On my second-last day in Dhaka I got a small taste of the tensions that would only become worse after my departure. We arrived that day to a tense atmosphere at university campus. The previous night we had been disturbed by the sound of Molotov cocktails exploding on campus grounds. The student factions of the political parties were starting to have overt confrontations, which were playing out, in particular on the university grounds. That morning, the student wing of the Awami League had occupied the space outside the Madhur Canteen, a popular hangout for students. They sat there in eerie silence as we walked past, perched on the walls watching the passers-by with half-smiles.
There was a foreboding sense of immanent confrontation. It seemed these young men were not there for any other purpose than to announce their presence to the opposing team. When we entered the canteen, we found more Awami League supporters, occupying every chair, lined up in rows in the middle of the room. In one corner, a group of three or four Marxists were chatting, holding their own lonely fort. The room was otherwise eerily quiet.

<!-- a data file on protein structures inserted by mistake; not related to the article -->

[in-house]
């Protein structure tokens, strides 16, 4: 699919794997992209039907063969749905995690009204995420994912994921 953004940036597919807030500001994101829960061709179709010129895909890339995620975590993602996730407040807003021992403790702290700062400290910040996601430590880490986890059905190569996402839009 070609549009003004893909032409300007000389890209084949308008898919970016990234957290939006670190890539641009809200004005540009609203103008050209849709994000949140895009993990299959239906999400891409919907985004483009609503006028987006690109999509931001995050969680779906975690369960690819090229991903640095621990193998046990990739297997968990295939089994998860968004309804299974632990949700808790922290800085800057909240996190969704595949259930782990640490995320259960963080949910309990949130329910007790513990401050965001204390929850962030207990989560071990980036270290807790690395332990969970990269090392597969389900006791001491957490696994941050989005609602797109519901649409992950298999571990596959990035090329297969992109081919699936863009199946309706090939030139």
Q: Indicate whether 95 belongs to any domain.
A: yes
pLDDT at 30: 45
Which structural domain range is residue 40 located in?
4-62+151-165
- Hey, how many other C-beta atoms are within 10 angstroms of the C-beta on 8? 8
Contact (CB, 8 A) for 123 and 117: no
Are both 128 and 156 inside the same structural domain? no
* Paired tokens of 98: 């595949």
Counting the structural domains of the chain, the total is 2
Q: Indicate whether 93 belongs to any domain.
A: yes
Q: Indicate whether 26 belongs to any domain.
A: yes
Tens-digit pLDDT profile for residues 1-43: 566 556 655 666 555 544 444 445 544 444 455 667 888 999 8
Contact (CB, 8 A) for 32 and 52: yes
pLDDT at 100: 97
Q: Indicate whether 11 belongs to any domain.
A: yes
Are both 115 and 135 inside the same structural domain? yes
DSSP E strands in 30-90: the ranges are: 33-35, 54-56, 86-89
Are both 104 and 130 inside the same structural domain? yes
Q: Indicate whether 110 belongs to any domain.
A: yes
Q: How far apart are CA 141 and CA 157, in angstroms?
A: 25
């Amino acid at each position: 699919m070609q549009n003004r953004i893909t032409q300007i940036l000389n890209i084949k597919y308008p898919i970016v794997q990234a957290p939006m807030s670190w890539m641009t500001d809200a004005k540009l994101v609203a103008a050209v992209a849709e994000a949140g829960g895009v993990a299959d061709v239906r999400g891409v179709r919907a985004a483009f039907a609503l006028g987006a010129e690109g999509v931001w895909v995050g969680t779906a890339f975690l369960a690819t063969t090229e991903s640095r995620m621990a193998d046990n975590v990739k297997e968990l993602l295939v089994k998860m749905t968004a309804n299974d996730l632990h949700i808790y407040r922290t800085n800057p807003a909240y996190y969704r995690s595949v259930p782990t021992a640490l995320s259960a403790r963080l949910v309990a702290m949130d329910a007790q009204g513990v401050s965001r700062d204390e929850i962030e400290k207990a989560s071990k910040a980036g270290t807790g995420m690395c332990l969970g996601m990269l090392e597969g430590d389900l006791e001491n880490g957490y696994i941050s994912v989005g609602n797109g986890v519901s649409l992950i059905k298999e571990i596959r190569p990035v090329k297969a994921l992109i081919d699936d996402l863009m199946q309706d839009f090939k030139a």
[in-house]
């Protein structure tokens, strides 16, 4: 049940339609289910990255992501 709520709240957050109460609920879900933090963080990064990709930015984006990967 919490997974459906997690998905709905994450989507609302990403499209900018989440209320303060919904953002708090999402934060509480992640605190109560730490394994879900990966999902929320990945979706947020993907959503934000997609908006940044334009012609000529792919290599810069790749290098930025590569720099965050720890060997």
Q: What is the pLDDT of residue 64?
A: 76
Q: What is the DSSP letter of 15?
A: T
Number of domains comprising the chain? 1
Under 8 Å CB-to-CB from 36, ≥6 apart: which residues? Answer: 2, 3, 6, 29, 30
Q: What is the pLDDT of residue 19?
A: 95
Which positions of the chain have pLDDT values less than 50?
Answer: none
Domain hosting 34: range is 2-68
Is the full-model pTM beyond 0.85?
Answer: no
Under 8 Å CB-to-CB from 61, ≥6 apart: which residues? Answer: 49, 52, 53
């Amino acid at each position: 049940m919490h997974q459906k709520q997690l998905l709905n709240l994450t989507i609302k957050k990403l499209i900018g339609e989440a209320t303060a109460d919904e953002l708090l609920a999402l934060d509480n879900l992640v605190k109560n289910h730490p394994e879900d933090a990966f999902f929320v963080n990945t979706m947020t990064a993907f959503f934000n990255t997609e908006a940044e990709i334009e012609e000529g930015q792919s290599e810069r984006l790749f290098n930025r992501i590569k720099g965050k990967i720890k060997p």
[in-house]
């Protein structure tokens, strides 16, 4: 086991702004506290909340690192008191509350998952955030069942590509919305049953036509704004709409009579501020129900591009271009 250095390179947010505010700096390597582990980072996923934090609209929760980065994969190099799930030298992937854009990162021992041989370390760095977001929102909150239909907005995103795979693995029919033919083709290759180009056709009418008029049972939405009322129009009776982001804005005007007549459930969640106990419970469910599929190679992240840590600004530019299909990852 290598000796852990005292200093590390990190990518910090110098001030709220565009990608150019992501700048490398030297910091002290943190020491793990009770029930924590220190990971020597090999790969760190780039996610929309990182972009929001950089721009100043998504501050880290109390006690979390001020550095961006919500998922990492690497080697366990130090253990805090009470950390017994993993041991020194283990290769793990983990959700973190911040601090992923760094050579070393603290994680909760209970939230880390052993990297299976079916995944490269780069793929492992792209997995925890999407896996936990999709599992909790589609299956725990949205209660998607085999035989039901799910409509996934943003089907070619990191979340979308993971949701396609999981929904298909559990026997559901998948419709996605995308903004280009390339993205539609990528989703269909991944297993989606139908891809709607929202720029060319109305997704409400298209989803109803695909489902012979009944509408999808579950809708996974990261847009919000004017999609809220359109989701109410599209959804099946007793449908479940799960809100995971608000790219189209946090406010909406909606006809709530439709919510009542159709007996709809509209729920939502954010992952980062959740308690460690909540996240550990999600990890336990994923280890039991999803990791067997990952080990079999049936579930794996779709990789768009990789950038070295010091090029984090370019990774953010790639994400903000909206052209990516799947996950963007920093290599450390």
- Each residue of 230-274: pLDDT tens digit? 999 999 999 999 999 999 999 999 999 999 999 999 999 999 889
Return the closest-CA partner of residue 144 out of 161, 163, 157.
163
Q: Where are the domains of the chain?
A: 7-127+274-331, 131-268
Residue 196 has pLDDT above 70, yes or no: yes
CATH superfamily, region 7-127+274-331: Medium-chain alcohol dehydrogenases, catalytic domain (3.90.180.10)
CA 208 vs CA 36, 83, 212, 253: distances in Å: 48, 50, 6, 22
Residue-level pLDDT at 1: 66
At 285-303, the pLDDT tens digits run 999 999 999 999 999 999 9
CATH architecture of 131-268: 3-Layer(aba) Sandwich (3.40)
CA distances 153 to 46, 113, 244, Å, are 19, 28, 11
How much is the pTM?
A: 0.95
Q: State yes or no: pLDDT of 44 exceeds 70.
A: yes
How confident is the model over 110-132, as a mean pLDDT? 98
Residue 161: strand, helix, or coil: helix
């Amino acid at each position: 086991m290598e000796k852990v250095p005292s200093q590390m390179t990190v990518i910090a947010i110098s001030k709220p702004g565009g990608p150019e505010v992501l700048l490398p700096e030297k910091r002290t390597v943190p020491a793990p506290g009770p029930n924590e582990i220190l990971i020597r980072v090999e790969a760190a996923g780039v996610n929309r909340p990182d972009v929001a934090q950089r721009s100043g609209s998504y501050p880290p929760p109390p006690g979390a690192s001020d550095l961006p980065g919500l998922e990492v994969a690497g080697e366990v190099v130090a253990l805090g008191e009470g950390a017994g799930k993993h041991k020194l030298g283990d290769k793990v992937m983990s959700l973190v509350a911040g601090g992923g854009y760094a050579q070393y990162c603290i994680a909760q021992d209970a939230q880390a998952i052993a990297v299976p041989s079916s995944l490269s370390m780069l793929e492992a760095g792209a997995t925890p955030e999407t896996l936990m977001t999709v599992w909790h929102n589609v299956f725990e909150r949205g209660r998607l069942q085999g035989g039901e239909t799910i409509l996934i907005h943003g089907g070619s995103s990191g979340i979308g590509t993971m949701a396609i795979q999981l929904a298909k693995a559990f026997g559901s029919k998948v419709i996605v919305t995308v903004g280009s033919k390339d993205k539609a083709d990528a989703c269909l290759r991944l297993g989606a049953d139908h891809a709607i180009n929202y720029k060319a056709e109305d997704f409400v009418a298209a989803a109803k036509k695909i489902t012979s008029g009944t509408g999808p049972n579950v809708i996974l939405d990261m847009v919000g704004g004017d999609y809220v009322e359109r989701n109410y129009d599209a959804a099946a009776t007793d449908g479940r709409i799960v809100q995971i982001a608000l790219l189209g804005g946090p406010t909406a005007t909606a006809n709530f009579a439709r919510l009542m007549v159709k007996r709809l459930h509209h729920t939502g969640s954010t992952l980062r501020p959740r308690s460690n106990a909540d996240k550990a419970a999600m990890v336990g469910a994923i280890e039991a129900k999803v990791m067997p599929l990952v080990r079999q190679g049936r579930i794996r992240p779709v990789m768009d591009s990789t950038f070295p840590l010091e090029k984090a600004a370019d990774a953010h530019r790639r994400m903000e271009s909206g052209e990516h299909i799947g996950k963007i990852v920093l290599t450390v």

I felt that this was an example of the explosive potential of ‘timepass’ — the public, conspicuously idle mode of ‘hanging out’ characteristic of many young unemployed men in South Asia (described eloquently by Craig Jeffrey in his book of the same title). For these idle young men, joining politics was probably less a matter of ideology than of career advancement. Joining a political party and gaining political connections is one of the surest ways of improving employment prospects in a country like Bangladesh, where the number of educated youth is enormous and the available jobs (particularly middle class jobs suited to their qualifications) are few (see also the work of Morten Koch Anderson). Lining up and occupying space in this manner was a clear display of political solidarity, which just might pay off for these young men in years to come. Besides, given the general lack of available careers and the sliding standards of education, what better did they have to do with their time?